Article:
Man who lost £92k Celtic bet loses legal bid against bookies

The bet was placed on a match between Celtic and Kilmarnock. Picture: SNS

The bet was placed on a match between Celtic and Kilmarnock. Picture: SNS

A GAMBLER who lost more than £92,000 betting on a Celtic match has failed in a bid to sue the bookmaker.

Gordon Shearer launched a legal action after claiming bookie Betvictor had blundered by failing to pay out on the bet.

He placed an online bet of £92,476 on Celtic to win a Scottish Premier League match against Kilmarnock at odds of 1/18. Mr Shearer claimed the bet was for Celtic to win the match over 90 minutes but Betvictor said he had only bet them to win the second half.

The Hoops won the game on 24 December, 2011 2-1 but only drew the second half 1-1.

The bookmaker, based in Gibraltar, refused to pay out or refund Mr Shearer’s stake. Had his bet been successful, he would have won £5,137.56

He then complained to the Independent Betting Adjudication Service (IBAS), which rules over gambling disputes, but they twice ruled in favour of Betvictor.

After failing in a bid to get the Gibraltar Gambling Commission to overturn the decision, Mr Shearer then took his case to Scotland’s highest court, the Court of Session.

He sought a judicial review of the IBAS decision and asked a judge to order Betvictor to return his stake and pay him his winnings.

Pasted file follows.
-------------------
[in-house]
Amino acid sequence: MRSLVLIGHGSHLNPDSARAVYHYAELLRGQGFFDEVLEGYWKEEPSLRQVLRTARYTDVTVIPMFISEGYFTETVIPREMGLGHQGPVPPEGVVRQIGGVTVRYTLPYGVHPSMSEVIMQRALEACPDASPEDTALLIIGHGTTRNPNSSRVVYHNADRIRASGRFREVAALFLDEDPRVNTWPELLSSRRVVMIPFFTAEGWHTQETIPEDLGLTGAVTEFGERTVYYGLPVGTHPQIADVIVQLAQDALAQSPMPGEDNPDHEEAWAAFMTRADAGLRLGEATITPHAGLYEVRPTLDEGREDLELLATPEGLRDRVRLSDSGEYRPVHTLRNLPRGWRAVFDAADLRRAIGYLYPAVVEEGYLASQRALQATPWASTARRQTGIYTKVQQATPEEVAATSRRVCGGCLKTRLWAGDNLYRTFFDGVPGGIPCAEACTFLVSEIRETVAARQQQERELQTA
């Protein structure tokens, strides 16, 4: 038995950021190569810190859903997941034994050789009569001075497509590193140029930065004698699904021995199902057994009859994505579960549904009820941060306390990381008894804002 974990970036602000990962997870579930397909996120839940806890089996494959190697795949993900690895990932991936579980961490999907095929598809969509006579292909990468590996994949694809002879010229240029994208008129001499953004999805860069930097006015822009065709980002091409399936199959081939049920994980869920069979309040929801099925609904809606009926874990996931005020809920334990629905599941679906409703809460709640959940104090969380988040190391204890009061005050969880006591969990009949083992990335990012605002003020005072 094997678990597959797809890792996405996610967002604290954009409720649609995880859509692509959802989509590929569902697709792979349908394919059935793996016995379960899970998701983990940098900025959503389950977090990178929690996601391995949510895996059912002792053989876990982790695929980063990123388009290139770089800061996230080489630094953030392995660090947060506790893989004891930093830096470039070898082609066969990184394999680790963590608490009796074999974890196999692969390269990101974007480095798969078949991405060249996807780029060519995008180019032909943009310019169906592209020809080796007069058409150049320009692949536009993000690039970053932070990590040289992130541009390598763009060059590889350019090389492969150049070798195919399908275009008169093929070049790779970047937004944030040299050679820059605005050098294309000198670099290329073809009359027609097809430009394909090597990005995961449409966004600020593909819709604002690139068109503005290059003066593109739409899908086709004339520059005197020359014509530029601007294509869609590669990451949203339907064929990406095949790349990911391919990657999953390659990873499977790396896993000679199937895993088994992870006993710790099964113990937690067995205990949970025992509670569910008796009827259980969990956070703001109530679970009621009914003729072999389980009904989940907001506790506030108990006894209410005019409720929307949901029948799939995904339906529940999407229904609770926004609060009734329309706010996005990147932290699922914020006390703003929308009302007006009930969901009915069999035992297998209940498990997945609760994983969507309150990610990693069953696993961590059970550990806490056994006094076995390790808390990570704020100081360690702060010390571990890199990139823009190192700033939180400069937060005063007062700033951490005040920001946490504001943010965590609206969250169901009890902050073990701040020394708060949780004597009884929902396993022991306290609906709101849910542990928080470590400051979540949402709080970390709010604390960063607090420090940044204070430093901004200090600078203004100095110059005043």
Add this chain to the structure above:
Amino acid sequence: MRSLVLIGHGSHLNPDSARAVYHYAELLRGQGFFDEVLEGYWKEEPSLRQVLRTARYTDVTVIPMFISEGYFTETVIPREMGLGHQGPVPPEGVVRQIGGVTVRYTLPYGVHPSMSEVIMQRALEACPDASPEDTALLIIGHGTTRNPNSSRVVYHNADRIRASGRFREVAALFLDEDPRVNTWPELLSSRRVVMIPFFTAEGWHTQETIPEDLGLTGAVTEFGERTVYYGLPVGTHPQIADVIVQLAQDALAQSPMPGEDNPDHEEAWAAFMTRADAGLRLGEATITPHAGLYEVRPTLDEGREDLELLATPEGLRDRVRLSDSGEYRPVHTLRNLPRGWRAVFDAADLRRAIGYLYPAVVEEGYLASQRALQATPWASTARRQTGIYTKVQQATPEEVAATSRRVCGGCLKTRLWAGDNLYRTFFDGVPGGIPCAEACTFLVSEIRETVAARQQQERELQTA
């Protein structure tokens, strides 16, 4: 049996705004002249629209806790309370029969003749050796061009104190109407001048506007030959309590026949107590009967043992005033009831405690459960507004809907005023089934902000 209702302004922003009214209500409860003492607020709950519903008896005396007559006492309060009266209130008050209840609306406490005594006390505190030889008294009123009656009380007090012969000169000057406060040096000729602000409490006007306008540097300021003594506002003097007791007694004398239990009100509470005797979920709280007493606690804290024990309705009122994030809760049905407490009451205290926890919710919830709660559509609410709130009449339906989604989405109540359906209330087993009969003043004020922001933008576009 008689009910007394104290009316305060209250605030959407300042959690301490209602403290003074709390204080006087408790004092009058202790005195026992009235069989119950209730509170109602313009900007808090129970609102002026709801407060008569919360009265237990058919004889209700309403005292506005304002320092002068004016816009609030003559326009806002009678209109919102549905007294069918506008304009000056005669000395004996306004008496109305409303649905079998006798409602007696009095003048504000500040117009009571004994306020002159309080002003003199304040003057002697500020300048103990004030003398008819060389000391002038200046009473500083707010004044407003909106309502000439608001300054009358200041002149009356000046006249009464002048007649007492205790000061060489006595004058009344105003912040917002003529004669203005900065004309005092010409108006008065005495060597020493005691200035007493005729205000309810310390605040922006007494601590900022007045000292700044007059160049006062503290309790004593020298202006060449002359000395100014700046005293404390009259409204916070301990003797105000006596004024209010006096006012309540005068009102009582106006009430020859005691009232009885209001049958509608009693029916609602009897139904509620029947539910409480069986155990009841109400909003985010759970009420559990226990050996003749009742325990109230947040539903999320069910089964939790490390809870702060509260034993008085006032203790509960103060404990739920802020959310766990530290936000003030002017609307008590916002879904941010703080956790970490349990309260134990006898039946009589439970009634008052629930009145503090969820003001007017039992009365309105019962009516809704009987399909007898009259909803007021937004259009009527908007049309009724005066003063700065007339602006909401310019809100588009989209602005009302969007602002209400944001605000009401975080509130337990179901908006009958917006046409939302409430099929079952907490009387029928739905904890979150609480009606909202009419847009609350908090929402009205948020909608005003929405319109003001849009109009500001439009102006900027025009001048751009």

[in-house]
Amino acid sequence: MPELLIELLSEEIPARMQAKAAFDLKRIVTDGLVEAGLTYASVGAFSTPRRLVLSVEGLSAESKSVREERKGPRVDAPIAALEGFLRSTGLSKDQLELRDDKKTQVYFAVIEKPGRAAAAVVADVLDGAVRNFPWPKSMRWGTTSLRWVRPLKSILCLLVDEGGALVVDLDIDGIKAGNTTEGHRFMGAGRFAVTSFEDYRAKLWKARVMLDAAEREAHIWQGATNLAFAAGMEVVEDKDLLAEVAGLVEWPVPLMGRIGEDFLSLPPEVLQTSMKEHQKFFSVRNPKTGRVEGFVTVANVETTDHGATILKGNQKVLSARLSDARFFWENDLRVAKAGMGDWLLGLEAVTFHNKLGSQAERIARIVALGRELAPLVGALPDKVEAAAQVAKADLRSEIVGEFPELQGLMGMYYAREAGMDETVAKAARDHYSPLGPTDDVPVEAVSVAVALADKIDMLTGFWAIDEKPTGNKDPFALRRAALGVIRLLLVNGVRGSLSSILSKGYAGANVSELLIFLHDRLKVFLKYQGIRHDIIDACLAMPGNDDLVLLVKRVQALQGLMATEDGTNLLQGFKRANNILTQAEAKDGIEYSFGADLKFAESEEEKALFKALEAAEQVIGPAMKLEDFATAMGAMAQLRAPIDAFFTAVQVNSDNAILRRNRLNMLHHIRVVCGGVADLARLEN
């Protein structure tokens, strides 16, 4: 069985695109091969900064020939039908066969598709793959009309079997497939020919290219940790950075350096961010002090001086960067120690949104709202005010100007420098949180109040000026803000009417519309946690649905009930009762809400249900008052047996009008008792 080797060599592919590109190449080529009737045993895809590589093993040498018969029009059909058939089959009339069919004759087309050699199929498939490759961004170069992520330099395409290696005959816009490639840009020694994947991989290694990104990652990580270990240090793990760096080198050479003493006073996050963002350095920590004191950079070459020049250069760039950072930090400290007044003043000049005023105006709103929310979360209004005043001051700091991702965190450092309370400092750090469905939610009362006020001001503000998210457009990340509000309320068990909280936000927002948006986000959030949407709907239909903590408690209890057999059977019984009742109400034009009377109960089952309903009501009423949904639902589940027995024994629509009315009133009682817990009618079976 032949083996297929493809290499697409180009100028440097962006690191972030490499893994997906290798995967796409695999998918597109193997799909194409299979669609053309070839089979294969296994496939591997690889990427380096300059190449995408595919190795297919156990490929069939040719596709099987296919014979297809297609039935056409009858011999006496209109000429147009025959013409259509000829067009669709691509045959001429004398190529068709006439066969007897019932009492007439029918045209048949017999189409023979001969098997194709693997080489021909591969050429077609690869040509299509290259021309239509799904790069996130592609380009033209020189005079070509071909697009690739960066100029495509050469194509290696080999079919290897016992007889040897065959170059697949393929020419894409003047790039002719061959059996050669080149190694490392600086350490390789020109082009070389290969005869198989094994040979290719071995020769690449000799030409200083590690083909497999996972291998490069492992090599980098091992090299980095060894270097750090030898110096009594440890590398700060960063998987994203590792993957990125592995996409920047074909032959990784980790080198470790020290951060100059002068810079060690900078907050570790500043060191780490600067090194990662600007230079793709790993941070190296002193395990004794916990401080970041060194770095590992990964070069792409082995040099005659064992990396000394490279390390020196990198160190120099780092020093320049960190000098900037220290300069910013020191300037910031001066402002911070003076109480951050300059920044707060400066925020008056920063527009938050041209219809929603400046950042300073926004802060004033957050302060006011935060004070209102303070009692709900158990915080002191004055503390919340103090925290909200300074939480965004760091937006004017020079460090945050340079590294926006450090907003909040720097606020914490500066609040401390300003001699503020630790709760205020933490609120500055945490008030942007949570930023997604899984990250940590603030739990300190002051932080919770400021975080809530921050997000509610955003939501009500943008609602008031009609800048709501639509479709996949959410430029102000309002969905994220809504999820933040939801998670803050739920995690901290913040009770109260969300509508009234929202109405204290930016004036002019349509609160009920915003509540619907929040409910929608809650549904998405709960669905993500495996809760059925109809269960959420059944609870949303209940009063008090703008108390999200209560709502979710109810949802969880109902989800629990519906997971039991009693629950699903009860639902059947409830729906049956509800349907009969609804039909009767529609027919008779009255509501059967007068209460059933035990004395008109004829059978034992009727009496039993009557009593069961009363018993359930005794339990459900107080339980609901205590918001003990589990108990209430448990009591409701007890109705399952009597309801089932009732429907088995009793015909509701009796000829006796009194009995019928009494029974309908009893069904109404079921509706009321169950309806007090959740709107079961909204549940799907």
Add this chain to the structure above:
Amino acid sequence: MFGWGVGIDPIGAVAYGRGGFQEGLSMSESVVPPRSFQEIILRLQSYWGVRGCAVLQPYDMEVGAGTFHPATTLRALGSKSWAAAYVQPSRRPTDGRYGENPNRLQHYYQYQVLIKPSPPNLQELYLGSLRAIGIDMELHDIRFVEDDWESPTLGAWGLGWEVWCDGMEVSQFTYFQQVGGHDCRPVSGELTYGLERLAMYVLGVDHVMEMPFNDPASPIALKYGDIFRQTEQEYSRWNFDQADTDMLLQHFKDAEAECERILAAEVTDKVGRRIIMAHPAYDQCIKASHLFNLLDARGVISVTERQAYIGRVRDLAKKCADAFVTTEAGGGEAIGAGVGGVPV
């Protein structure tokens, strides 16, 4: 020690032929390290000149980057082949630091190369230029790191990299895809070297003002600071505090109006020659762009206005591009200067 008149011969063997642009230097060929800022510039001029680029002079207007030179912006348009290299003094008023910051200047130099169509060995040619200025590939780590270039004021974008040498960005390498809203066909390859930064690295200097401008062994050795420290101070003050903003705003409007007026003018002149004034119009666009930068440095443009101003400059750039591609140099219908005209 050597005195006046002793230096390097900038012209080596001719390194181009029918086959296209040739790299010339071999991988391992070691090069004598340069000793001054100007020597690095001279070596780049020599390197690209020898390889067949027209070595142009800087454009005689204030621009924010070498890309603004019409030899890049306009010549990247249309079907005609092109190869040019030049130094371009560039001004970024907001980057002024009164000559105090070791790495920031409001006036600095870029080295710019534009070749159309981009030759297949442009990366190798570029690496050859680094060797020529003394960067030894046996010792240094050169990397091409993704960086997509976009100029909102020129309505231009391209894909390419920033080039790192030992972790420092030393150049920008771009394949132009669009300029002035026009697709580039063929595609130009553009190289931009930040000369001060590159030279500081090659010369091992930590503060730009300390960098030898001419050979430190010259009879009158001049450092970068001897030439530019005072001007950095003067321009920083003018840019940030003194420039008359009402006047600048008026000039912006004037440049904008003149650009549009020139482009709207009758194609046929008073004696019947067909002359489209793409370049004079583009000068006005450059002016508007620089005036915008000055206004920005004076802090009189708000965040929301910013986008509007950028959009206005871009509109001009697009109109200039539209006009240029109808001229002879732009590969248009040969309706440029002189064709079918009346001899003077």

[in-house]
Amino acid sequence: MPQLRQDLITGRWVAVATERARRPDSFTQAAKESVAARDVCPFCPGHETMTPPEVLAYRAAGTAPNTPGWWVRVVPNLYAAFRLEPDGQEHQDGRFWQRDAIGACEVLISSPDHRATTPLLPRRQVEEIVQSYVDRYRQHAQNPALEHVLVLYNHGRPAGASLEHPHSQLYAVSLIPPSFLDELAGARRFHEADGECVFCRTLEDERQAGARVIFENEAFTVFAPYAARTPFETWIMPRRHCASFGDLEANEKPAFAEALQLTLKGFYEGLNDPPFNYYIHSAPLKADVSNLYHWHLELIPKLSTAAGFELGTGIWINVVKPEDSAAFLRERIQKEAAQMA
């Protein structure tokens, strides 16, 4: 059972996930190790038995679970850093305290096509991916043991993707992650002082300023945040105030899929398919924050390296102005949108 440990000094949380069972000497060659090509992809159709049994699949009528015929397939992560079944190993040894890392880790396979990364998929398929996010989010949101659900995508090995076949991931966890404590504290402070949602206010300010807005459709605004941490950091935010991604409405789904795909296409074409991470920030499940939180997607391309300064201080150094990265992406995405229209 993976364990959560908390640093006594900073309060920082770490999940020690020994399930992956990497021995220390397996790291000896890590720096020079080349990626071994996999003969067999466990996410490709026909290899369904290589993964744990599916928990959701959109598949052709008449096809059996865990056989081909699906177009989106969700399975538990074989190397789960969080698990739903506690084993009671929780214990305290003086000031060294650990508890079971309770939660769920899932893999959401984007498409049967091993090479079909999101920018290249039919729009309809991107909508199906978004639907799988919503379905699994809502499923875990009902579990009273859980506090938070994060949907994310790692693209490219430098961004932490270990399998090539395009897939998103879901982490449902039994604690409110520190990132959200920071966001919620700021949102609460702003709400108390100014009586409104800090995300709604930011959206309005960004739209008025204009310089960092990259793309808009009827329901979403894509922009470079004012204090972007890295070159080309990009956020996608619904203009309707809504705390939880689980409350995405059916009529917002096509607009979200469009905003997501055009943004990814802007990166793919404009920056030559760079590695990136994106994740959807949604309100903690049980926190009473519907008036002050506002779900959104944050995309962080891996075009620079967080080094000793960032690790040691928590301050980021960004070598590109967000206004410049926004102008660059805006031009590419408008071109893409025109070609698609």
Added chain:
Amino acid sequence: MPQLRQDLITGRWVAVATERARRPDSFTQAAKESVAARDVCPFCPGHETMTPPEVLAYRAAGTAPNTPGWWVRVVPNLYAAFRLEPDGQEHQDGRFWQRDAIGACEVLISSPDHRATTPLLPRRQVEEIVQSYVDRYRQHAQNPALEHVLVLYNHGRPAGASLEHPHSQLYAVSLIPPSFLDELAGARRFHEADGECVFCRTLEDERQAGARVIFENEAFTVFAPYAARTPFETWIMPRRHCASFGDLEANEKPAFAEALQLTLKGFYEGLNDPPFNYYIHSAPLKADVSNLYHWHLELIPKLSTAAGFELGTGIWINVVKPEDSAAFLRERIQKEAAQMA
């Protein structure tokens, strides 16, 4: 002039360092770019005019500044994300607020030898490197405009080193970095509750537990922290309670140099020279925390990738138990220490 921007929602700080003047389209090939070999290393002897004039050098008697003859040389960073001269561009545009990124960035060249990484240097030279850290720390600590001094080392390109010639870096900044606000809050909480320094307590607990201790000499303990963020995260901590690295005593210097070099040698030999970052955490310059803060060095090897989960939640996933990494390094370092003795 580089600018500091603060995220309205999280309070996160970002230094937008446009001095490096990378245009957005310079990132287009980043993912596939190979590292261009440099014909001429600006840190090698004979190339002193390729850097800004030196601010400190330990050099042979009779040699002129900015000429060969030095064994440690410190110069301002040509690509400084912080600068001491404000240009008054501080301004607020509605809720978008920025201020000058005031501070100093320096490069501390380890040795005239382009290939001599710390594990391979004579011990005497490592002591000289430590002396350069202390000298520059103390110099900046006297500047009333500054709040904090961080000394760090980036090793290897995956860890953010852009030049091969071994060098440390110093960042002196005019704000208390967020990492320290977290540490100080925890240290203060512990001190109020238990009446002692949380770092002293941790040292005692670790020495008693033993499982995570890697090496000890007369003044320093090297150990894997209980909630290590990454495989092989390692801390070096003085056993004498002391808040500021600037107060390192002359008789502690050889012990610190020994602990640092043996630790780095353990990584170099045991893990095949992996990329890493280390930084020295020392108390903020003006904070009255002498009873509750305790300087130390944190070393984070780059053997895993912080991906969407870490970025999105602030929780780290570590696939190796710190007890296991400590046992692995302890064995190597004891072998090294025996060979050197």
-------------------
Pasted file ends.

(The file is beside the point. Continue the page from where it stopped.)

However Lord Boyd of Duncansby has now thrown out his case because the IBAS is based in England and can’t be sued in a Scottish court.

In a written ruling, the judge said: “I have concluded that because the second respondent is not amenable to the jurisdiction of the Scottish courts that there are no real prospects of success.

“Even if it were to proceed the petitioner would face some formidable hurdles. The complaint made by the petitioner is that the second respondent’s decision is wrong in law.

“Having regard to the pleadings and the supporting material I agree that the issues raised are ones of mixed fact and law in a specialist area where the second respondent would be expected to apply a particular knowledge and expertise.

“Together with the decisions of the GCC and Gambling Commissioner in Gibraltar the matter has been considered on four separate occasions. On each occasion the decision had been adverse to the petitioner.”

DOWNLOAD THE SCOTSMAN APP ON ITUNES OR GOOGLE PLAY

Back to the top of the page